Erdogan’s foreign policy has marked a departure from Turkey’s traditional Western orientation and has sought to position Turkey as a regional and global power with a more assertive role in international affairs. While this approach has had some successes, it has also led to tensions with Turkey’s traditional allies and raised concerns about Turkey’s democratic and human rights record.
FOREIGN POLICY IN THE POST-ERDOGAN ERA
Turkey has been ruled by Erdogan for over two decades now, it is human for him to strive to take control over every institution and that is exactly what has happened ever since the 2015 coup attempt. The foreign policy of the Erdogan era while assertive and aligned to make Turkey the leader of Islamic nations has been an abject failure.
Taking a closer look at Turkish foreign policy one would realize that the country does not have cordial relations with the North American countries or the American bloc which includes Australia and New Zealand among other nations around the world, Europe except a few militant nations such as Serbia, and the major Asian economies.
The Asian economies include major economies such as Japan, South Korea, India, Russia, China, and the Southeast and Central Asian countries. After taking a glance at this information one would feel compelled to think about the allies of Turkey but, the list is immensely short and includes countries such as Pakistan, Malaysia, and Qatar.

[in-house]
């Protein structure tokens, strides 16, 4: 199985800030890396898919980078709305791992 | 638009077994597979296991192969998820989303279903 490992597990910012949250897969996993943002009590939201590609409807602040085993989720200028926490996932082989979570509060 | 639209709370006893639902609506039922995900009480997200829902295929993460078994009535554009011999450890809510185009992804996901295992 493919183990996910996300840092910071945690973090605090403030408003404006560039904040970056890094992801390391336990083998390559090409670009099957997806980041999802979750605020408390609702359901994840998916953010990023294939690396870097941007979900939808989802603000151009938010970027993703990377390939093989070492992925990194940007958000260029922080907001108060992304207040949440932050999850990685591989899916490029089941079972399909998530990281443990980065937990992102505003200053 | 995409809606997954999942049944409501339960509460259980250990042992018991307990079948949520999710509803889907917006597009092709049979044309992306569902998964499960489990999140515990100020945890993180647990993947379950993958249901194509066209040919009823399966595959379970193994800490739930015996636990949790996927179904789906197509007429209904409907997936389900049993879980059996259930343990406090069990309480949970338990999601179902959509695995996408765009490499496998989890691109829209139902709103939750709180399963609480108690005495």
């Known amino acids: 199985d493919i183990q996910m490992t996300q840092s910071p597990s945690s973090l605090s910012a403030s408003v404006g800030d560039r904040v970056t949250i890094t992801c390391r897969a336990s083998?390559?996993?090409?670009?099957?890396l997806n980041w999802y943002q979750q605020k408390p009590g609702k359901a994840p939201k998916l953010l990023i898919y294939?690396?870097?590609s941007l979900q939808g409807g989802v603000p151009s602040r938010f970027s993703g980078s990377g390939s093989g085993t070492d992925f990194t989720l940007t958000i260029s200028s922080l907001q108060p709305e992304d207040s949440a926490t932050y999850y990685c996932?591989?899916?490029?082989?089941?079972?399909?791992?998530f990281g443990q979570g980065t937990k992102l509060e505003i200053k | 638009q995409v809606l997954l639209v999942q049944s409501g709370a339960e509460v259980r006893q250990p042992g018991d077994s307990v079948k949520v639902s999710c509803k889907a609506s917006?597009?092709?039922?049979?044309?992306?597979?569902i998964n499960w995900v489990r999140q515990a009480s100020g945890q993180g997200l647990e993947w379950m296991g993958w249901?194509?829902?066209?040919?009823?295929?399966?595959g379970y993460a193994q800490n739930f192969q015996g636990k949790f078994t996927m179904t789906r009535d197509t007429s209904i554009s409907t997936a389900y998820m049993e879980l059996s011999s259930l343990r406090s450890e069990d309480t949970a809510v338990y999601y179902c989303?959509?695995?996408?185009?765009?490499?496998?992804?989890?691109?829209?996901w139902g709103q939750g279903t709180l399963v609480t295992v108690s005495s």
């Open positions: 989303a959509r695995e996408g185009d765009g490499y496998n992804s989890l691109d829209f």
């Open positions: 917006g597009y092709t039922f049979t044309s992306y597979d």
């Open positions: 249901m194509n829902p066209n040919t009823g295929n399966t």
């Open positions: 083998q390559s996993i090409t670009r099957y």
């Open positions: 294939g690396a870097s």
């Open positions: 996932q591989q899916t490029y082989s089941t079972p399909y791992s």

Major foreign policy overhauls are indispensable to bring Turkey out of this precarious position that it has been forced into by the short-sighted policy of the Erdogan administration. Firstly, the turkey must strengthen its relations with NATO which have been stretched thin by the constantly revolting acts of the Erdogan administration.
Secondly, the turkey must bridge the gap that it has created by trying to replace Saudi Arabia as the leader of prominent Islamic organizations and take over the leadership of Islamic nations. Thirdly, the Asian nations in particular countries such as Russia, China, and India; turkey must strive to reach a common ground with these countries since Asia is set to become the soil on which the history of next several centuries will be written.
Turkey has always displayed an antagonistic disposition towards India even though no overt action has ever been taken by the Indian side which might validate the Turkish hostility. Turkey’s Achilles heel is not hidden from anyone, especially the Indian side; we may very well engage heavily with Cyprus and leave Turkey vulnerable.
This is just one of the vulnerabilities that Turkey is faced with today. If the aggressive nature of Turkish foreign policy is not curbed immediately after the political transition then the country will be faced with a two-pronged conundrum; on one hand no shared growth and development and on another continued hostile actions by other countries.